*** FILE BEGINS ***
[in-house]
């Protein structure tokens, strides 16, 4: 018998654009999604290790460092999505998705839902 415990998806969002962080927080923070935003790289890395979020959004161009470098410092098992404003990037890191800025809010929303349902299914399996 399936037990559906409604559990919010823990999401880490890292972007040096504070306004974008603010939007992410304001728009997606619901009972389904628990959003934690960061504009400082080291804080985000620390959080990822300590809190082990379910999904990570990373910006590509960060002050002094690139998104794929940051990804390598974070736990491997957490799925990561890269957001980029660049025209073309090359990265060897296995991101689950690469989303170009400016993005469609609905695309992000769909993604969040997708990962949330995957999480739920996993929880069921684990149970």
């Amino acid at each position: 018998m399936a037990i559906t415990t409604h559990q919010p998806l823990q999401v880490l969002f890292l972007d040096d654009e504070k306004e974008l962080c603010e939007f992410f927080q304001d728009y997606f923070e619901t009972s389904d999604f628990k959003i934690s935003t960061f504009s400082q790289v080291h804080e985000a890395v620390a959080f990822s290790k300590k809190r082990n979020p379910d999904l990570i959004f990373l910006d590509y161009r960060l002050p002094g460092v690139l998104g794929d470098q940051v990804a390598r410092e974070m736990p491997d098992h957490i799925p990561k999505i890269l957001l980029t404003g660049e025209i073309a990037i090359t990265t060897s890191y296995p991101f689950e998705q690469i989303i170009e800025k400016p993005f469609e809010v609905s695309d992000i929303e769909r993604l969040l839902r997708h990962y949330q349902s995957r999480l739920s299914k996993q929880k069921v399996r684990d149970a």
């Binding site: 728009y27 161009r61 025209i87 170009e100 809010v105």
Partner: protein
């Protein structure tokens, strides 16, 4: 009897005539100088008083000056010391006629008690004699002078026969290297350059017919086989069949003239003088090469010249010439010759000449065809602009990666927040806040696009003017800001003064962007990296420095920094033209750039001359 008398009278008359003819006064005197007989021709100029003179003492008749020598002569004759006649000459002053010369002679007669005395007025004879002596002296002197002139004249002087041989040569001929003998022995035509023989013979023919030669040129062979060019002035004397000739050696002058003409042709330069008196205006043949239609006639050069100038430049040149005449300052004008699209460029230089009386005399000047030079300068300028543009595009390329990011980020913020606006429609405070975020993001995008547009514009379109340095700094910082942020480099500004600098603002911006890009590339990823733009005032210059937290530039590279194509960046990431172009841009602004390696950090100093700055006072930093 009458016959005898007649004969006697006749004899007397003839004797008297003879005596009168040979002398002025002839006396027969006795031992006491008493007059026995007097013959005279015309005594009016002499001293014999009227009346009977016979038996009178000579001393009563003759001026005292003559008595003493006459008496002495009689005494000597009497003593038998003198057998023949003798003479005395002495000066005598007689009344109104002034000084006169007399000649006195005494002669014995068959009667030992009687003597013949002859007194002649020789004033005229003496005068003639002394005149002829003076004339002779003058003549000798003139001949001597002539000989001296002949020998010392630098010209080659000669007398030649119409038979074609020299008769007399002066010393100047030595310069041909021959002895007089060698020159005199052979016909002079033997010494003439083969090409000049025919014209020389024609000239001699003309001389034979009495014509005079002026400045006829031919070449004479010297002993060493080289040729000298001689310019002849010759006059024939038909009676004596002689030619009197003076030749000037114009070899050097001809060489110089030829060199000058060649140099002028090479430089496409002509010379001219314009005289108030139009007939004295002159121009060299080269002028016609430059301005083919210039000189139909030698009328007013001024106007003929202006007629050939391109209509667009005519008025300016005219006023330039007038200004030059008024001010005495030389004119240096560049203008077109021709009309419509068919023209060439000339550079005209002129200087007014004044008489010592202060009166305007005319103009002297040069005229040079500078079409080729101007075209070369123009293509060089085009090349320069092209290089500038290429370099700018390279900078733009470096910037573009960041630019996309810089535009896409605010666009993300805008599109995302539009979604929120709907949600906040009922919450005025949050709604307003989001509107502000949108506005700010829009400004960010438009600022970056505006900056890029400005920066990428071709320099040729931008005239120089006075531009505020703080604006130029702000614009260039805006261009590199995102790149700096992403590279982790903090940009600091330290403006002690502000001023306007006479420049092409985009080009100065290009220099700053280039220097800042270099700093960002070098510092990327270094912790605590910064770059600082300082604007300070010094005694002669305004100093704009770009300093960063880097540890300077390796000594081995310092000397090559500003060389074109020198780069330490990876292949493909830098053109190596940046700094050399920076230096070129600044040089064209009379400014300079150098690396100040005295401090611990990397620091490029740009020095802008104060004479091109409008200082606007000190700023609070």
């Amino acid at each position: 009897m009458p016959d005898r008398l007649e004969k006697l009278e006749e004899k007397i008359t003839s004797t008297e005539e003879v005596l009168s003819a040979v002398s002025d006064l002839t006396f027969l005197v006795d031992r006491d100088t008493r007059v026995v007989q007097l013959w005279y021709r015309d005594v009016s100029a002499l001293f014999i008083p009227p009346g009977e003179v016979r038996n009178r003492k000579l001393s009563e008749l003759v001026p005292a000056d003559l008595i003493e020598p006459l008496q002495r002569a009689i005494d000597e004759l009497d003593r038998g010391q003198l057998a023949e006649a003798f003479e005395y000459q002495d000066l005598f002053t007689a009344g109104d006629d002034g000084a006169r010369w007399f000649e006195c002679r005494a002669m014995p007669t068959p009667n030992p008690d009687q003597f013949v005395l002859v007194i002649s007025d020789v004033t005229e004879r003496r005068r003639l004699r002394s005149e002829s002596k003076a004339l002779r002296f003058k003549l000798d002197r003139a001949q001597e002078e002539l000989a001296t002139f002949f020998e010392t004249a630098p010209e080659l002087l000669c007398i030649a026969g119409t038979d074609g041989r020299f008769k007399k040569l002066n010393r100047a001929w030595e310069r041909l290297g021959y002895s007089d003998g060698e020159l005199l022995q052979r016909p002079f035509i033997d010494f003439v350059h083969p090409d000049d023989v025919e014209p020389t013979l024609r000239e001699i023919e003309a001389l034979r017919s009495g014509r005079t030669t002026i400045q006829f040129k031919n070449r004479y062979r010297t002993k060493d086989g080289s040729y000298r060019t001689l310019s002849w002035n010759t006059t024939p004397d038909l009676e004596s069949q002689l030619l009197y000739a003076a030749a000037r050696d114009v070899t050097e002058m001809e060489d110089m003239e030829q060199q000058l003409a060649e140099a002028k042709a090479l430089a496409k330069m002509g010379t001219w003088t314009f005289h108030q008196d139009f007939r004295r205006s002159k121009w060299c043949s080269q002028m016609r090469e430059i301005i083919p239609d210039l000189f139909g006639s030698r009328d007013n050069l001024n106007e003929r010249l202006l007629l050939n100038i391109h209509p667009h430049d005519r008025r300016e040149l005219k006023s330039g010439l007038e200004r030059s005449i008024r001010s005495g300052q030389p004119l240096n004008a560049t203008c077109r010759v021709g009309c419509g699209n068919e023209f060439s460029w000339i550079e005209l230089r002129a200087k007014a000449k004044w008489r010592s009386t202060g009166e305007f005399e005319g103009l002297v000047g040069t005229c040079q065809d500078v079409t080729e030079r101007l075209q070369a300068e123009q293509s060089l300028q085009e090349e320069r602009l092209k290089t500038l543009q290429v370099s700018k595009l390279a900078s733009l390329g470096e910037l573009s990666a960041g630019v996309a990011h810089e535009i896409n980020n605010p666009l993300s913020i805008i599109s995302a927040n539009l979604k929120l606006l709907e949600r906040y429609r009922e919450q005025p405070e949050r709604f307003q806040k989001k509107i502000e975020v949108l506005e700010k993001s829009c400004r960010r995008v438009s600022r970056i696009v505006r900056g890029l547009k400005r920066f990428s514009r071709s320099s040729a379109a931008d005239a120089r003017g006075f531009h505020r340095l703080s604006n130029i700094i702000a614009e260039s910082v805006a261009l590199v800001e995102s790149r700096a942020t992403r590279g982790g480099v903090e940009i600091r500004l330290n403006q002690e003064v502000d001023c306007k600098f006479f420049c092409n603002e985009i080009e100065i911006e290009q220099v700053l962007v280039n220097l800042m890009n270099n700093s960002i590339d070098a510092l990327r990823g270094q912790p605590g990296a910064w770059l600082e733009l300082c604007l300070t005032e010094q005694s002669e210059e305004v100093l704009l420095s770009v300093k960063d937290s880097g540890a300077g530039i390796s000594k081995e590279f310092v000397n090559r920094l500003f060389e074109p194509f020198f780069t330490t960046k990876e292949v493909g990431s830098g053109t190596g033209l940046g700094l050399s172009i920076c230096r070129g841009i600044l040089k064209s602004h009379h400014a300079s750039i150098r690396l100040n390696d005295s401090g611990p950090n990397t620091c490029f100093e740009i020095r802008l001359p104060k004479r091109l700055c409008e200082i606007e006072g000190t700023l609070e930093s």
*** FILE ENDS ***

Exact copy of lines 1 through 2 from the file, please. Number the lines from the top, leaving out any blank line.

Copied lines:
[in-house]
């Protein structure tokens, strides 16, 4: 018998654009999604290790460092999505998705839902 415990998806969002962080927080923070935003790289890395979020959004161009470098410092098992404003990037890191800025809010929303349902299914399996 399936037990559906409604559990919010823990999401880490890292972007040096504070306004974008603010939007992410304001728009997606619901009972389904628990959003934690960061504009400082080291804080985000620390959080990822300590809190082990379910999904990570990373910006590509960060002050002094690139998104794929940051990804390598974070736990491997957490799925990561890269957001980029660049025209073309090359990265060897296995991101689950690469989303170009400016993005469609609905695309992000769909993604969040997708990962949330995957999480739920996993929880069921684990149970």